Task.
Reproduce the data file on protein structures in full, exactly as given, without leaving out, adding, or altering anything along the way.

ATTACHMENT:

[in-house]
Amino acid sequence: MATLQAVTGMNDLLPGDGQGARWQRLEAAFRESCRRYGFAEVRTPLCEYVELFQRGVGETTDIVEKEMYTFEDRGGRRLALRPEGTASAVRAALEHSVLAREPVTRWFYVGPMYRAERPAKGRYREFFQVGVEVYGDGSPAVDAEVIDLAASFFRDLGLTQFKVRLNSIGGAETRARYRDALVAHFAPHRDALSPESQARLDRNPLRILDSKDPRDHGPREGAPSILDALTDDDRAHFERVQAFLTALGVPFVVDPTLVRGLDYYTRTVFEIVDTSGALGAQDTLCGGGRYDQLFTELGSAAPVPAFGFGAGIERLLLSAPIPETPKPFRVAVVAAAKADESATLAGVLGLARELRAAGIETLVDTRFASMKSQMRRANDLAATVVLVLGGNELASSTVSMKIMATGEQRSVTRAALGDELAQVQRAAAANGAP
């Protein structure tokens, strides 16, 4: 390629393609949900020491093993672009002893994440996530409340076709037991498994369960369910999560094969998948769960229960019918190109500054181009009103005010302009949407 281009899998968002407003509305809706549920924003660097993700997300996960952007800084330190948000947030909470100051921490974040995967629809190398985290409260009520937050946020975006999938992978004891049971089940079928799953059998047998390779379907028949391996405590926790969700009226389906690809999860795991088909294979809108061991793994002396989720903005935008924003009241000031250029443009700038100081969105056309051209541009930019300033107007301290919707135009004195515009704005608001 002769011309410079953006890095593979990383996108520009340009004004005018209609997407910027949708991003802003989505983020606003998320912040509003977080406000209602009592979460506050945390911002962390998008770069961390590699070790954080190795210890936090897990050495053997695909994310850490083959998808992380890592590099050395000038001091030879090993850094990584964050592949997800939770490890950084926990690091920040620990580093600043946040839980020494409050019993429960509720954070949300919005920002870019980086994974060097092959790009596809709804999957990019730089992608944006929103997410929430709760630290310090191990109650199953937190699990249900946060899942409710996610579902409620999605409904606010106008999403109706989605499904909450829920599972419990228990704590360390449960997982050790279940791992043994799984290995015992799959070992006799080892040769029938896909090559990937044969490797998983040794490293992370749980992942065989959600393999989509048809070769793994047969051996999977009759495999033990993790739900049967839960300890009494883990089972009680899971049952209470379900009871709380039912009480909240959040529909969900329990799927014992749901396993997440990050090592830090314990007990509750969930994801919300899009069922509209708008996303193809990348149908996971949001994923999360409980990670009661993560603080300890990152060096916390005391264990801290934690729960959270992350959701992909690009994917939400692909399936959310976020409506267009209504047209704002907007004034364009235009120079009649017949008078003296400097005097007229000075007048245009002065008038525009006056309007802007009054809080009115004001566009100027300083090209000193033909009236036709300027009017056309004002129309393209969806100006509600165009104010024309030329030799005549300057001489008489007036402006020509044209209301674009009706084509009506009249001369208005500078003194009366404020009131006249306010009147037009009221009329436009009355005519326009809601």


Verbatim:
[in-house]
Amino acid sequence: MATLQAVTGMNDLLPGDGQGARWQRLEAAFRESCRRYGFAEVRTPLCEYVELFQRGVGETTDIVEKEMYTFEDRGGRRLALRPEGTASAVRAALEHSVLAREPVTRWFYVGPMYRAERPAKGRYREFFQVGVEVYGDGSPAVDAEVIDLAASFFRDLGLTQFKVRLNSIGGAETRARYRDALVAHFAPHRDALSPESQARLDRNPLRILDSKDPRDHGPREGAPSILDALTDDDRAHFERVQAFLTALGVPFVVDPTLVRGLDYYTRTVFEIVDTSGALGAQDTLCGGGRYDQLFTELGSAAPVPAFGFGAGIERLLLSAPIPETPKPFRVAVVAAAKADESATLAGVLGLARELRAAGIETLVDTRFASMKSQMRRANDLAATVVLVLGGNELASSTVSMKIMATGEQRSVTRAALGDELAQVQRAAAANGAP
């Protein structure tokens, strides 16, 4: 390629393609949900020491093993672009002893994440996530409340076709037991498994369960369910999560094969998948769960229960019918190109500054181009009103005010302009949407 281009899998968002407003509305809706549920924003660097993700997300996960952007800084330190948000947030909470100051921490974040995967629809190398985290409260009520937050946020975006999938992978004891049971089940079928799953059998047998390779379907028949391996405590926790969700009226389906690809999860795991088909294979809108061991793994002396989720903005935008924003009241000031250029443009700038100081969105056309051209541009930019300033107007301290919707135009004195515009704005608001 002769011309410079953006890095593979990383996108520009340009004004005018209609997407910027949708991003802003989505983020606003998320912040509003977080406000209602009592979460506050945390911002962390998008770069961390590699070790954080190795210890936090897990050495053997695909994310850490083959998808992380890592590099050395000038001091030879090993850094990584964050592949997800939770490890950084926990690091920040620990580093600043946040839980020494409050019993429960509720954070949300919005920002870019980086994974060097092959790009596809709804999957990019730089992608944006929103997410929430709760630290310090191990109650199953937190699990249900946060899942409710996610579902409620999605409904606010106008999403109706989605499904909450829920599972419990228990704590360390449960997982050790279940791992043994799984290995015992799959070992006799080892040769029938896909090559990937044969490797998983040794490293992370749980992942065989959600393999989509048809070769793994047969051996999977009759495999033990993790739900049967839960300890009494883990089972009680899971049952209470379900009871709380039912009480909240959040529909969900329990799927014992749901396993997440990050090592830090314990007990509750969930994801919300899009069922509209708008996303193809990348149908996971949001994923999360409980990670009661993560603080300890990152060096916390005391264990801290934690729960959270992350959701992909690009994917939400692909399936959310976020409506267009209504047209704002907007004034364009235009120079009649017949008078003296400097005097007229000075007048245009002065008038525009006056309007802007009054809080009115004001566009100027300083090209000193033909009236036709300027009017056309004002129309393209969806100006509600165009104010024309030329030799005549300057001489008489007036402006020509044209209301674009009706084509009506009249001369208005500078003194009366404020009131006249306010009147037009009221009329436009009355005519326009809601």